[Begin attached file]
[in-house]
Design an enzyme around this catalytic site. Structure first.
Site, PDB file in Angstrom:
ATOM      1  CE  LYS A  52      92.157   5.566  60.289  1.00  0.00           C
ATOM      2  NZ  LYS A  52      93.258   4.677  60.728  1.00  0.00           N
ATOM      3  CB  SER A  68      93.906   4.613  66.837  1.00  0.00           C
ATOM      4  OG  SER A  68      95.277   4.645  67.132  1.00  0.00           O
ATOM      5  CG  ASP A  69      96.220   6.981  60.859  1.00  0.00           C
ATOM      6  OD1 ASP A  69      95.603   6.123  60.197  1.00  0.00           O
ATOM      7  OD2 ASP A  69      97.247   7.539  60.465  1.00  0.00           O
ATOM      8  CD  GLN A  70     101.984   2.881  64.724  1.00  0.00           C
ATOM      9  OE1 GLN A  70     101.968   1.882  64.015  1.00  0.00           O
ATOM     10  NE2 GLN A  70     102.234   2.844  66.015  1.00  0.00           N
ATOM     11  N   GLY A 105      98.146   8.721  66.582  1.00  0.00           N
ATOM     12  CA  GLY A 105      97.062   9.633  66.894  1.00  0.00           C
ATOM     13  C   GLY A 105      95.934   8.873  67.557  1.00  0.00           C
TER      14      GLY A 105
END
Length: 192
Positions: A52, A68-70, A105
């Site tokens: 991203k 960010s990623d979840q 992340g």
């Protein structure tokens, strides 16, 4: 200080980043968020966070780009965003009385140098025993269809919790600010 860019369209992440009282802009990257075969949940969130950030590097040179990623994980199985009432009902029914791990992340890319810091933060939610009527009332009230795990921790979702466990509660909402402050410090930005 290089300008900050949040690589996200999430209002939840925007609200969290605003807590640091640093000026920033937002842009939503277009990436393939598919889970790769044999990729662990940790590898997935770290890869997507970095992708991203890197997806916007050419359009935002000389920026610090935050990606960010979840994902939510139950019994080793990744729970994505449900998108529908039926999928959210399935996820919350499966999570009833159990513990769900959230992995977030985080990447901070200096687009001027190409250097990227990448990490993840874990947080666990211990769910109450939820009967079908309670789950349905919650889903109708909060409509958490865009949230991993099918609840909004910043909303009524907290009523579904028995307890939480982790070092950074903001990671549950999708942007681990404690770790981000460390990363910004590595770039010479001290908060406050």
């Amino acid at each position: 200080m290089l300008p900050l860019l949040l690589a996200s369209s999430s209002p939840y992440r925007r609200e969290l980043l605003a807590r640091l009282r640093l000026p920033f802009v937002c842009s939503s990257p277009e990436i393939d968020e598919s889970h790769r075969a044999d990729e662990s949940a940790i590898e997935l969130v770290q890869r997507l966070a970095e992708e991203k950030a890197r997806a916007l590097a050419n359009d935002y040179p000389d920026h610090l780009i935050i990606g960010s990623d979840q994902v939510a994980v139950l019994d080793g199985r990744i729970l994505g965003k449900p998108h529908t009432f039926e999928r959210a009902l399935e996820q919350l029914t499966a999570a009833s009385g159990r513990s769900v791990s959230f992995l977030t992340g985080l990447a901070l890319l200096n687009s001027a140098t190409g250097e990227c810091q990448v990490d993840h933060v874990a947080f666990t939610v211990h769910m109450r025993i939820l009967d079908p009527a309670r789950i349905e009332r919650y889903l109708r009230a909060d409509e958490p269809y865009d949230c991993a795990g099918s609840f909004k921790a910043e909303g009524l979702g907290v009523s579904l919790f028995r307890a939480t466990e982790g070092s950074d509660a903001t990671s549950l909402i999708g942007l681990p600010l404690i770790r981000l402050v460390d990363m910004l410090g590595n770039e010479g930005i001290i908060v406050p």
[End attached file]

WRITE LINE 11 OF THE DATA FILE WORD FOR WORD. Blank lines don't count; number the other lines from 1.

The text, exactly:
ATOM      8  CD  GLN A  70     101.984   2.881  64.724  1.00  0.00           C